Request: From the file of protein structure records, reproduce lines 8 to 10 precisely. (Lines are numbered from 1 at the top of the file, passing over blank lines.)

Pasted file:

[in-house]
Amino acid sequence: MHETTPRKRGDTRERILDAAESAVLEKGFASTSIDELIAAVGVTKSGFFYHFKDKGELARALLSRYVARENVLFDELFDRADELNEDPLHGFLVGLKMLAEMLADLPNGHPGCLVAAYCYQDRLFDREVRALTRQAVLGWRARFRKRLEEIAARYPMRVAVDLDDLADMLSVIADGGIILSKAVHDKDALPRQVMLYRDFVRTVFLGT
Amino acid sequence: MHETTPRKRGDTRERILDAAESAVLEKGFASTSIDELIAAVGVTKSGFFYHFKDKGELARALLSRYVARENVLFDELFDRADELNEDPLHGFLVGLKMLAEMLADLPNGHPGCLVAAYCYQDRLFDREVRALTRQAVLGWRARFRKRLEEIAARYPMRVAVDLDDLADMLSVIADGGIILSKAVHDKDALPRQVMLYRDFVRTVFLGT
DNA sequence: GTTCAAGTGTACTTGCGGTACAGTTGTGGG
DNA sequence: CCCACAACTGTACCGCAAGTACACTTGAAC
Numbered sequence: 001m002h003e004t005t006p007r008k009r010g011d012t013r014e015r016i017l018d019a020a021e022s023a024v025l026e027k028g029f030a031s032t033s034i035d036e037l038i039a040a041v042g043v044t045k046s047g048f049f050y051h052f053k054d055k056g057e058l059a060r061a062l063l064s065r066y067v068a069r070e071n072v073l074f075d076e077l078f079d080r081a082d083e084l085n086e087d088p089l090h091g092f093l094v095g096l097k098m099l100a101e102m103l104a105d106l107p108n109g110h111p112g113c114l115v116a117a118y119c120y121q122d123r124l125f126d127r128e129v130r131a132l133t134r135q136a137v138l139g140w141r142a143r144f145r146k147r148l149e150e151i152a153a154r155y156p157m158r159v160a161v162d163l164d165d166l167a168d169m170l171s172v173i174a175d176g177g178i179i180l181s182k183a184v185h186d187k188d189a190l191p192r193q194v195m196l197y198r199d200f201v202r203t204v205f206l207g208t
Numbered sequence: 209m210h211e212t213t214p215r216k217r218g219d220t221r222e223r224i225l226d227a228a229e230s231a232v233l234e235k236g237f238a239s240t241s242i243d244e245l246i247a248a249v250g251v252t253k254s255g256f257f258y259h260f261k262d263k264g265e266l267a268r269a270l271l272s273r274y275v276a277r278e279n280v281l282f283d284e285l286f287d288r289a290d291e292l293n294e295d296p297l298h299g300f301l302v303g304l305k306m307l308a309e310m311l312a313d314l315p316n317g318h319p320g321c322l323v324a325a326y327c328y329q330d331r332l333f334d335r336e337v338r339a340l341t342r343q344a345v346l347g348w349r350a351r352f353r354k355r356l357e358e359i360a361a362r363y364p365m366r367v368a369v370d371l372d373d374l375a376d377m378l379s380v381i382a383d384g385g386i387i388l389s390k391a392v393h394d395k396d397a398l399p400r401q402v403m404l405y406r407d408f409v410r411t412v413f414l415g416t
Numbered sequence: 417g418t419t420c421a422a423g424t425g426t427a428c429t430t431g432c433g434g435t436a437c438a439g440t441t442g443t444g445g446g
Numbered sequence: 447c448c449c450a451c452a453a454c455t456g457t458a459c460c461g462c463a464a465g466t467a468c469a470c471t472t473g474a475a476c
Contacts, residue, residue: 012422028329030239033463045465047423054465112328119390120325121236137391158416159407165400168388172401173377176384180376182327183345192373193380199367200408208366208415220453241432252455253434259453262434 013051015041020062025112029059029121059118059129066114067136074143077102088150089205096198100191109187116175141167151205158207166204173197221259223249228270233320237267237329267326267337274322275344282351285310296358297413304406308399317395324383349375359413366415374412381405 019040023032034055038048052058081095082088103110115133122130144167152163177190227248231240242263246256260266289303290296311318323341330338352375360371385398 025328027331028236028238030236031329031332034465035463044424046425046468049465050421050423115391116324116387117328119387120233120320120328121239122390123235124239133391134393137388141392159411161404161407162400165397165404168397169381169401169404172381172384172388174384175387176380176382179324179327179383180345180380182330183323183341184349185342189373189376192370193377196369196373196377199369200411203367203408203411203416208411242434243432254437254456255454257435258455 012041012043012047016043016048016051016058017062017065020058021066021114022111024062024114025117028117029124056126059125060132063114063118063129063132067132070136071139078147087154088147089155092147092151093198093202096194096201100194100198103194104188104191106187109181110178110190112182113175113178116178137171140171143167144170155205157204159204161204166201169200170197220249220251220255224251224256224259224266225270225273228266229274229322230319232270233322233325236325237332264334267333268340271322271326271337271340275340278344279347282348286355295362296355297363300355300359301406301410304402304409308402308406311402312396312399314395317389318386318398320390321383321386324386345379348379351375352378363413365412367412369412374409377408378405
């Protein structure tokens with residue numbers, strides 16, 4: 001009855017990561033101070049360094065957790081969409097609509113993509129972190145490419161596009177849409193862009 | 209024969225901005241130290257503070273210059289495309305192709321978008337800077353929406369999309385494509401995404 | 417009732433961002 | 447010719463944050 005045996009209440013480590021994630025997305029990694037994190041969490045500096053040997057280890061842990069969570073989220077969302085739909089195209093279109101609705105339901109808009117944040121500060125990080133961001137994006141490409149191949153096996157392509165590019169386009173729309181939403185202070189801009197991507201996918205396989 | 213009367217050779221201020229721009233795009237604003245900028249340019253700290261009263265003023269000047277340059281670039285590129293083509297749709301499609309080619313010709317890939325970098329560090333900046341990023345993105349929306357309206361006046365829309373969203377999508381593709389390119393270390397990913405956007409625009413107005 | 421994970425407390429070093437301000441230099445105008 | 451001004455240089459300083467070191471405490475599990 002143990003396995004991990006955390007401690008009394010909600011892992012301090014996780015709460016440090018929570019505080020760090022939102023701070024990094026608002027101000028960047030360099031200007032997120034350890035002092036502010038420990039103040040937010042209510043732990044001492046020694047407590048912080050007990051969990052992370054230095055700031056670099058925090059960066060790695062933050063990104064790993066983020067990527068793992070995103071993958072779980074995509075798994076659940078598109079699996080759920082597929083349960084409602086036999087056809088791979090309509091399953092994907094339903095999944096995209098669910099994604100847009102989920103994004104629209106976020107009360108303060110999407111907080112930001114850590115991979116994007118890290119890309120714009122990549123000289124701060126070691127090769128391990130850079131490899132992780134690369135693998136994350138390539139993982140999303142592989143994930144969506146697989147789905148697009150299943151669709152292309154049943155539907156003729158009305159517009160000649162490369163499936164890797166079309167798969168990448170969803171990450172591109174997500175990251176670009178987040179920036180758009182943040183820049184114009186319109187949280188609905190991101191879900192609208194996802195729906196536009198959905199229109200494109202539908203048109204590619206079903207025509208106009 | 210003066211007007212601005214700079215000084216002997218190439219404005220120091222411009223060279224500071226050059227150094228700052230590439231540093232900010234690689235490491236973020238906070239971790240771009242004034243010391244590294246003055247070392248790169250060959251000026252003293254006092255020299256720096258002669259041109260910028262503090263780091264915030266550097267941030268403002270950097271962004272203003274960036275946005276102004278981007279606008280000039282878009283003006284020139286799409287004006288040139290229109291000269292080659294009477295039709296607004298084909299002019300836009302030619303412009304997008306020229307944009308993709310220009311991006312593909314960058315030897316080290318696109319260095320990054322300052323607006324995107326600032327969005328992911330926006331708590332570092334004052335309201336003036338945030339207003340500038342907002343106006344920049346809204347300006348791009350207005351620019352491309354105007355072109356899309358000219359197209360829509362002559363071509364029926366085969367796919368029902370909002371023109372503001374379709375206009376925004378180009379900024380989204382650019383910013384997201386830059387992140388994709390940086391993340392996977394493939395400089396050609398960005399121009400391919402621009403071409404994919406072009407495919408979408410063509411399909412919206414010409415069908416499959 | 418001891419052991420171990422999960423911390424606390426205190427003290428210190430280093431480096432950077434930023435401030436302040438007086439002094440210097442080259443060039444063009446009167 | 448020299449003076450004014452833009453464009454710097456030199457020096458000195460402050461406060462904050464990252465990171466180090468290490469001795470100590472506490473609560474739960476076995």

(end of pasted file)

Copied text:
Numbered sequence: 417g418t419t420c421a422a423g424t425g426t427a428c429t430t431g432c433g434g435t436a437c438a439g440t441t442g443t444g445g446g
Numbered sequence: 447c448c449c450a451c452a453a454c455t456g457t458a459c460c461g462c463a464a465g466t467a468c469a470c471t472t473g474a475a476c
Contacts, residue, residue: 012422028329030239033463045465047423054465112328119390120325121236137391158416159407165400168388172401173377176384180376182327183345192373193380199367200408208366208415220453241432252455253434259453262434 013051015041020062025112029059029121059118059129066114067136074143077102088150089205096198100191109187116175141167151205158207166204173197221259223249228270233320237267237329267326267337274322275344282351285310296358297413304406308399317395324383349375359413366415374412381405 019040023032034055038048052058081095082088103110115133122130144167152163177190227248231240242263246256260266289303290296311318323341330338352375360371385398 025328027331028236028238030236031329031332034465035463044424046425046468049465050421050423115391116324116387117328119387120233120320120328121239122390123235124239133391134393137388141392159411161404161407162400165397165404168397169381169401169404172381172384172388174384175387176380176382179324179327179383180345180380182330183323183341184349185342189373189376192370193377196369196373196377199369200411203367203408203411203416208411242434243432254437254456255454257435258455 012041012043012047016043016048016051016058017062017065020058021066021114022111024062024114025117028117029124056126059125060132063114063118063129063132067132070136071139078147087154088147089155092147092151093198093202096194096201100194100198103194104188104191106187109181110178110190112182113175113178116178137171140171143167144170155205157204159204161204166201169200170197220249220251220255224251224256224259224266225270225273228266229274229322230319232270233322233325236325237332264334267333268340271322271326271337271340275340278344279347282348286355295362296355297363300355300359301406301410304402304409308402308406311402312396312399314395317389318386318398320390321383321386324386345379348379351375352378363413365412367412369412374409377408378405